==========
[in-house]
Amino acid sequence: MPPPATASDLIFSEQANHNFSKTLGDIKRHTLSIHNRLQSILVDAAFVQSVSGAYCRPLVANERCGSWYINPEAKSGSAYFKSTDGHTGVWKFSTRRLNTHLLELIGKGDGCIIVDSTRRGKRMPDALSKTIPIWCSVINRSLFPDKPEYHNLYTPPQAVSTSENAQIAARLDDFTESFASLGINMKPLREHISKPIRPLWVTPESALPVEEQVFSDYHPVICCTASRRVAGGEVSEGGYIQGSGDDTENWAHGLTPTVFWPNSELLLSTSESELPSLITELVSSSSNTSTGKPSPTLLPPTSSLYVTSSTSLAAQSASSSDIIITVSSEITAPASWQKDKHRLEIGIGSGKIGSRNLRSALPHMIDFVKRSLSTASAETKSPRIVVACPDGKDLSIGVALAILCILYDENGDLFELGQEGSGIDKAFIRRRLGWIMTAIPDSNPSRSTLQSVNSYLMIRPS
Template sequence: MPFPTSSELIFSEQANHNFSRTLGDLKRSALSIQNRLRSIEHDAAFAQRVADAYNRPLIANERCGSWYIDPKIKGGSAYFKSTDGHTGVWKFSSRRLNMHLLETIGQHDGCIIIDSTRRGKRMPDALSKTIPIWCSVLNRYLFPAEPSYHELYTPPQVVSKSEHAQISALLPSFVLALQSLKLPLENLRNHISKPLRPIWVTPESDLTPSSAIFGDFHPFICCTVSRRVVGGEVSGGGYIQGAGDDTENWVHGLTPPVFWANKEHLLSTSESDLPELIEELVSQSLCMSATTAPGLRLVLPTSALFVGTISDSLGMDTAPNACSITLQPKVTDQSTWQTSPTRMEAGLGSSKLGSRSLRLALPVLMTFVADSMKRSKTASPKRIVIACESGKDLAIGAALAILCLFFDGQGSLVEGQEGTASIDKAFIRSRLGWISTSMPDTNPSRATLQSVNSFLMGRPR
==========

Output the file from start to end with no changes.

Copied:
[in-house]
Amino acid sequence: MPPPATASDLIFSEQANHNFSKTLGDIKRHTLSIHNRLQSILVDAAFVQSVSGAYCRPLVANERCGSWYINPEAKSGSAYFKSTDGHTGVWKFSTRRLNTHLLELIGKGDGCIIVDSTRRGKRMPDALSKTIPIWCSVINRSLFPDKPEYHNLYTPPQAVSTSENAQIAARLDDFTESFASLGINMKPLREHISKPIRPLWVTPESALPVEEQVFSDYHPVICCTASRRVAGGEVSEGGYIQGSGDDTENWAHGLTPTVFWPNSELLLSTSESELPSLITELVSSSSNTSTGKPSPTLLPPTSSLYVTSSTSLAAQSASSSDIIITVSSEITAPASWQKDKHRLEIGIGSGKIGSRNLRSALPHMIDFVKRSLSTASAETKSPRIVVACPDGKDLSIGVALAILCILYDENGDLFELGQEGSGIDKAFIRRRLGWIMTAIPDSNPSRSTLQSVNSYLMIRPS
Template sequence: MPFPTSSELIFSEQANHNFSRTLGDLKRSALSIQNRLRSIEHDAAFAQRVADAYNRPLIANERCGSWYIDPKIKGGSAYFKSTDGHTGVWKFSSRRLNMHLLETIGQHDGCIIIDSTRRGKRMPDALSKTIPIWCSVLNRYLFPAEPSYHELYTPPQVVSKSEHAQISALLPSFVLALQSLKLPLENLRNHISKPLRPIWVTPESDLTPSSAIFGDFHPFICCTVSRRVVGGEVSGGGYIQGAGDDTENWVHGLTPPVFWANKEHLLSTSESDLPELIEELVSQSLCMSATTAPGLRLVLPTSALFVGTISDSLGMDTAPNACSITLQPKVTDQSTWQTSPTRMEAGLGSSKLGSRSLRLALPVLMTFVADSMKRSKTASPKRIVIACESGKDLAIGAALAILCLFFDGQGSLVEGQEGTASIDKAFIRSRLGWISTSMPDTNPSRATLQSVNSFLMGRPR